A double curvature panel– this has a surface area of 1m2 with a panel stiffness equivalent to a 4mm thick chopped strand mat laminate.
A flat sandwich panel– measuring 1m x 8m with a 25mm thick core, having a panel bending stiffness equivalent to a sandwich panel with a 4mm thick chopped strand mat skin.
A complex moulded component– with a volume of 770cm3.
Similarly, production processes and materials have been selected to provide a balance between systems that are commonly used across the majority of the composites industry and emerging materials with the potential to provide an environmental benefit. For this reason, materials such as hemp fibre and self-reinforced polypropylene have been included in the guide, but materials that are more specific to a single sector (eg aramid fibre) have not been included. Within each specific process there are still many processing variations (eg methods for mixing, curing and trimming) in addition to the material choice possibilities.
To enable fair comparisons, a base case has been selected for each process. This is used throughout the guide to allow the merits of each process variation to be assessed.
When undertaking the studies for the guide, data on impacts from the use of raw materials, energy, manufacturing and emissions associated with the product system under investigation were combined to provide an overall impact in each of the 12 environmental and 2 social impact categories. This approach provided a detailed breakdown of the performance of the product system across the common environmental and social categories. Within each product type, the results for each issue are then compared. For each issue, there will be a range, with the lowest (minimum) and highest (maximum) impact identified.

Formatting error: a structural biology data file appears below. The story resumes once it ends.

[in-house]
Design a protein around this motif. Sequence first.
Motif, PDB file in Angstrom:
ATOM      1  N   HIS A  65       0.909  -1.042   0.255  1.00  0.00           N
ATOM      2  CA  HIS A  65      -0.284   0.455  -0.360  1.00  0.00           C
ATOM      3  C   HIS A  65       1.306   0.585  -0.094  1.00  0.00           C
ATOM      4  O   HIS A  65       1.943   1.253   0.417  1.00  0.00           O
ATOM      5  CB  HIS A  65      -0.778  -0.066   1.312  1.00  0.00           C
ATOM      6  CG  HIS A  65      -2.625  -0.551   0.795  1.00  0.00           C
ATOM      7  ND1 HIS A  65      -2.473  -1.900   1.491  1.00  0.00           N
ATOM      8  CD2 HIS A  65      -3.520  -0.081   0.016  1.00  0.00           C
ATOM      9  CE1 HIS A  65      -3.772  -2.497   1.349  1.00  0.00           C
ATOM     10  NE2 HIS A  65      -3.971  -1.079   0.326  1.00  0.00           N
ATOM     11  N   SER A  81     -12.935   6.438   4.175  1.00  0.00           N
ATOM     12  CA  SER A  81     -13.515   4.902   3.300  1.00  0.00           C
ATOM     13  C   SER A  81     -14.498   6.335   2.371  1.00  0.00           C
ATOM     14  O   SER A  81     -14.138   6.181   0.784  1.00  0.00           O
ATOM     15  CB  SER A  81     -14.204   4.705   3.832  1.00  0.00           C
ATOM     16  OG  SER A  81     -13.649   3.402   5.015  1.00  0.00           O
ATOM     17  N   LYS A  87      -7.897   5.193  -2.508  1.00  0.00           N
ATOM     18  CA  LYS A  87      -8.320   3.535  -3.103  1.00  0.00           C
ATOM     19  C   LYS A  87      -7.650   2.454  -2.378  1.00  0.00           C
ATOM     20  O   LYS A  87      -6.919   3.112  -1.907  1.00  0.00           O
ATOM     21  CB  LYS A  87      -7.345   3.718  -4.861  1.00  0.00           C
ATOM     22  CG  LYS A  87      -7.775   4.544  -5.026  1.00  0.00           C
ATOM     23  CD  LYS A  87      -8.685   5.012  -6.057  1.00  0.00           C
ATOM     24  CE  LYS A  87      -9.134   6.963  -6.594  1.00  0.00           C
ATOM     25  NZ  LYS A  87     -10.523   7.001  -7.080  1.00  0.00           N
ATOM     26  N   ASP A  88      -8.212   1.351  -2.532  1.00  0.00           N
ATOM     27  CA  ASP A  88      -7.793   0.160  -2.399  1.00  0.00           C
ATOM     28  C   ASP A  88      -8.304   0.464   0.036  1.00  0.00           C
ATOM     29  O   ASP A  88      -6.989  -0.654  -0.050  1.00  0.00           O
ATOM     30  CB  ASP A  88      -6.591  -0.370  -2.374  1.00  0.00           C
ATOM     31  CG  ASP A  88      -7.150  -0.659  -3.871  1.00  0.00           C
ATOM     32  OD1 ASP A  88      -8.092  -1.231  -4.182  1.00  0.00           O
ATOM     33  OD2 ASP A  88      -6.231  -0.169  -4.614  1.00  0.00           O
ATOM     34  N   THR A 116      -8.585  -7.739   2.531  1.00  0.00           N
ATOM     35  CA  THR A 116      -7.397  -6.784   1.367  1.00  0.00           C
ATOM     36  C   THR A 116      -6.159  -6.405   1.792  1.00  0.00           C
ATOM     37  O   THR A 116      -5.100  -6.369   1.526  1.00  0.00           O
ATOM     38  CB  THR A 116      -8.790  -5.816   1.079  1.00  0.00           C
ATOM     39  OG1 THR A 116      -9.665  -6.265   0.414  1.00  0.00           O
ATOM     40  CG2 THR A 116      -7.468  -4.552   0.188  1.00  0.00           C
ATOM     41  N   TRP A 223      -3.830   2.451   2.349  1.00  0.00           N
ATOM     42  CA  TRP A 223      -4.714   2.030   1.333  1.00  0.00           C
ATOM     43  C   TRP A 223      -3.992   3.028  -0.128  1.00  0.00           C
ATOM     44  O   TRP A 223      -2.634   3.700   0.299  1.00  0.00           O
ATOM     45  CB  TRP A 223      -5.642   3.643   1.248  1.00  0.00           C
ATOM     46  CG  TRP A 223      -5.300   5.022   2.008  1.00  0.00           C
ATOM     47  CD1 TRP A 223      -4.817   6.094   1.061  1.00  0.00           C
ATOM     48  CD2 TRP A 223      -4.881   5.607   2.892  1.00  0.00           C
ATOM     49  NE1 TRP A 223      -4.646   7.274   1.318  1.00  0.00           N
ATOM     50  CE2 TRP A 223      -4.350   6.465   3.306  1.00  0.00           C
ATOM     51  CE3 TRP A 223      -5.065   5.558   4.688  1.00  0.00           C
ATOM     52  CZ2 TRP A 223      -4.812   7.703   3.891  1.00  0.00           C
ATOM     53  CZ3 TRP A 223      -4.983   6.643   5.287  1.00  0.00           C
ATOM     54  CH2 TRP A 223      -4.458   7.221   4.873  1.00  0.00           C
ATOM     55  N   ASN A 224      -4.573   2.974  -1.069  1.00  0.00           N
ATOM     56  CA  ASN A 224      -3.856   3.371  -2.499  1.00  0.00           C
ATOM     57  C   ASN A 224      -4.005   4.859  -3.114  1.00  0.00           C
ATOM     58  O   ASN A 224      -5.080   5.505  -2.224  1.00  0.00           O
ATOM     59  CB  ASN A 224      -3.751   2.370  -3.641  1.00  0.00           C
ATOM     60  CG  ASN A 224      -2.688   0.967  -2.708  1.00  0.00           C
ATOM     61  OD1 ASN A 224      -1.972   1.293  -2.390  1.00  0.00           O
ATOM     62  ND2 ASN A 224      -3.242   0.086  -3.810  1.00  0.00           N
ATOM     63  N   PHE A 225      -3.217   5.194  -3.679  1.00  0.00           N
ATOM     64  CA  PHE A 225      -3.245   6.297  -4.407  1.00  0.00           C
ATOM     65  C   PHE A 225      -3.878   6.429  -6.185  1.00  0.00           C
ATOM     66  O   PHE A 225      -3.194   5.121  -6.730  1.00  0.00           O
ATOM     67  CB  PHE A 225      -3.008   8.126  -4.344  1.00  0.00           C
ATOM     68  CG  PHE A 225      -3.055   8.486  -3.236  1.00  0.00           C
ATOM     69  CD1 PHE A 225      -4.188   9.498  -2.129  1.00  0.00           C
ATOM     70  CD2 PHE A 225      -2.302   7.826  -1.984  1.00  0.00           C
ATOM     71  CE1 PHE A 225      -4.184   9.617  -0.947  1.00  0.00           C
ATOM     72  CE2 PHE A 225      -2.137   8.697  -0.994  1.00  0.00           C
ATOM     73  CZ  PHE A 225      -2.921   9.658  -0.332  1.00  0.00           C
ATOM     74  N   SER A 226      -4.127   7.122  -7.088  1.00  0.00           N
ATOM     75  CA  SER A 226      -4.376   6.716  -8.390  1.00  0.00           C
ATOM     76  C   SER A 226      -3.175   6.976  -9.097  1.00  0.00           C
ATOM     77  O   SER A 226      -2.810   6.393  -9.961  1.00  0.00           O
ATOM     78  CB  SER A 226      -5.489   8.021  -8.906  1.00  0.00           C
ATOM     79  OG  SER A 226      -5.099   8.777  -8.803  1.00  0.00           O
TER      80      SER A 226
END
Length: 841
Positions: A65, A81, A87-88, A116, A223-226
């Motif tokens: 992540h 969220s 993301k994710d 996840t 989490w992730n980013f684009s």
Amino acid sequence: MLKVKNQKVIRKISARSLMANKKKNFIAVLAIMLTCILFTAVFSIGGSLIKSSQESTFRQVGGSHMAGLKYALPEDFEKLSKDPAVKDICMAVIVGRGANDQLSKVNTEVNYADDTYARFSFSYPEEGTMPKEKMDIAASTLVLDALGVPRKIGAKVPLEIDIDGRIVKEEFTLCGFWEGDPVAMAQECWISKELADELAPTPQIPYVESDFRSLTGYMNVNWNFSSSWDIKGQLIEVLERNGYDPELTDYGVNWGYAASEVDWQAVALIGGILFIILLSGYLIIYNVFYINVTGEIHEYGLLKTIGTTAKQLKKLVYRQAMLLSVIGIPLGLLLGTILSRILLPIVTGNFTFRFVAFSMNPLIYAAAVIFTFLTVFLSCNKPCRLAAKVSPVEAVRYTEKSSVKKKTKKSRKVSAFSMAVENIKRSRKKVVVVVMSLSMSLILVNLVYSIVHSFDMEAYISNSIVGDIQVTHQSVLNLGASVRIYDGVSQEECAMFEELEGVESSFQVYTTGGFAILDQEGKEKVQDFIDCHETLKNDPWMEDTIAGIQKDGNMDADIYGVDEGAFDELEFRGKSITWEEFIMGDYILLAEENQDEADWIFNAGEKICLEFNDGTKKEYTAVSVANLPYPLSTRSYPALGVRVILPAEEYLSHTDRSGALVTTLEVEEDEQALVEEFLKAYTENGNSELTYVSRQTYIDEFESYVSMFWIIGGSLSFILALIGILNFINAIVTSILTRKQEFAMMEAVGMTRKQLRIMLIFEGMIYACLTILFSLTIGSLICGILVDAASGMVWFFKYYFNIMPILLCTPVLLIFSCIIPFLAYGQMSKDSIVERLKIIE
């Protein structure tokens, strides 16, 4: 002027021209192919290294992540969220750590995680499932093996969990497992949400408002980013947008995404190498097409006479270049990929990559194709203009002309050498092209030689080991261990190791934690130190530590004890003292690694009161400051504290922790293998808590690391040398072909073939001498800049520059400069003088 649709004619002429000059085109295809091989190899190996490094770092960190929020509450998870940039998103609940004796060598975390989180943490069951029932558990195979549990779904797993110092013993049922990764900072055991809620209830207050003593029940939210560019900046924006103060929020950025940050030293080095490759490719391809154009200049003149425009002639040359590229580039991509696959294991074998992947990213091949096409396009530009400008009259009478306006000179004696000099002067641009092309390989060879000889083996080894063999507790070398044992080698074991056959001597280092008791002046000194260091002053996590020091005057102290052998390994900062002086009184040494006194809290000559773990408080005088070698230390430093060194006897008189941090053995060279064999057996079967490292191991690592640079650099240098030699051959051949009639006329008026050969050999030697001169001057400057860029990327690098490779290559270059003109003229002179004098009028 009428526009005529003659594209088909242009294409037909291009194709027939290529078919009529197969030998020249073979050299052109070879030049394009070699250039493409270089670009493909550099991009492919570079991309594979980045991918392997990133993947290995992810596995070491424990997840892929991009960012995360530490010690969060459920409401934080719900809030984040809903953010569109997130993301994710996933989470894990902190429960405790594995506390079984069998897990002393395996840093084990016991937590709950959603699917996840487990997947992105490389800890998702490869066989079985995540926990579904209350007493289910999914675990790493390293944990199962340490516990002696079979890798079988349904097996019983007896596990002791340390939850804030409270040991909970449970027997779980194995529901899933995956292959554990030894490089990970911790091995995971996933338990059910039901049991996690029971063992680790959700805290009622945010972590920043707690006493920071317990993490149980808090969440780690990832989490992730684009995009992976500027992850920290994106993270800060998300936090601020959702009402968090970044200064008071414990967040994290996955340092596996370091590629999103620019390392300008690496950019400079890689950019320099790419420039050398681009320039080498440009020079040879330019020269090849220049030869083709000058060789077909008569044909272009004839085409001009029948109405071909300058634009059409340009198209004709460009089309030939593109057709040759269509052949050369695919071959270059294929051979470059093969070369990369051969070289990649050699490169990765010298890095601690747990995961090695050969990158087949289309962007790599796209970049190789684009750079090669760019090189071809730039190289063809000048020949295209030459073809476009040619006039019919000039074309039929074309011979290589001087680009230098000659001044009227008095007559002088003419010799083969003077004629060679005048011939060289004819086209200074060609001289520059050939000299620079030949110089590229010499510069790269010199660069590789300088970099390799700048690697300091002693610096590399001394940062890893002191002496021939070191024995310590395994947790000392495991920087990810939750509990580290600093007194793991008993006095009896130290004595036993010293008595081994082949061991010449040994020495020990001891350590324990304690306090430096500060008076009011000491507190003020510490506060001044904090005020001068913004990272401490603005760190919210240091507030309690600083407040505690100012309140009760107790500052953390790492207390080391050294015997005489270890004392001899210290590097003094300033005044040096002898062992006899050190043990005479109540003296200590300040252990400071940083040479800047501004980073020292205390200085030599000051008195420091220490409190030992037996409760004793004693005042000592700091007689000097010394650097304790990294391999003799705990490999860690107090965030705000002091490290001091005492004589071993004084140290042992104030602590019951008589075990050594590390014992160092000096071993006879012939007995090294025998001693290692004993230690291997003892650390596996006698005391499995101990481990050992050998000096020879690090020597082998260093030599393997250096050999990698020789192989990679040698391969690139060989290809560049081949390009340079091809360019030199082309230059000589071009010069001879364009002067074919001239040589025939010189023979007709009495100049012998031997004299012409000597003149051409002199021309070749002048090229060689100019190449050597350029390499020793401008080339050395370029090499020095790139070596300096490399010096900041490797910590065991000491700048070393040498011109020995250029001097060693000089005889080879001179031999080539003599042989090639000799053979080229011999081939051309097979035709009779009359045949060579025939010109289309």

The Green Guide to Composites is now available for under £30 GBP, more details available here The web version of the guide can be accessed from within the NetComposites site within our composites tool section here
Sumitomo Chemical reports that its polyethersulfone (PES) micro-powder additive SumikaExcel 5003P boosts fracture toughness and resistance to micro-cracking for fibre reinforced epoxy composites over a broad temperature range without negatively impacting dimensional stability, flame/smoke/toxicity (FST), creep resistance, modulus, impact, or yield strength.
Renault, Webasto, ARRK-Shapers and Polyscope Polymers won the People’s Choice award for the most innovative composite part at the 18th annual Automotive Composites Conference & Exhibition (ACCE) sponsored by the Society of Plastics Engineers (SPE).
ZSK will hold its bi-annual technology showcase on 21-22 September 2018 at its Krefeld, Germany, headquarters. The Embroidery Technology Show assembles more than 25 exhibitors from around the world to discuss emerging trends in the embroidery manufacturing industry and demonstrate the latest products produced using techniques such as tailored fibre placement (TFP) or smart textiles.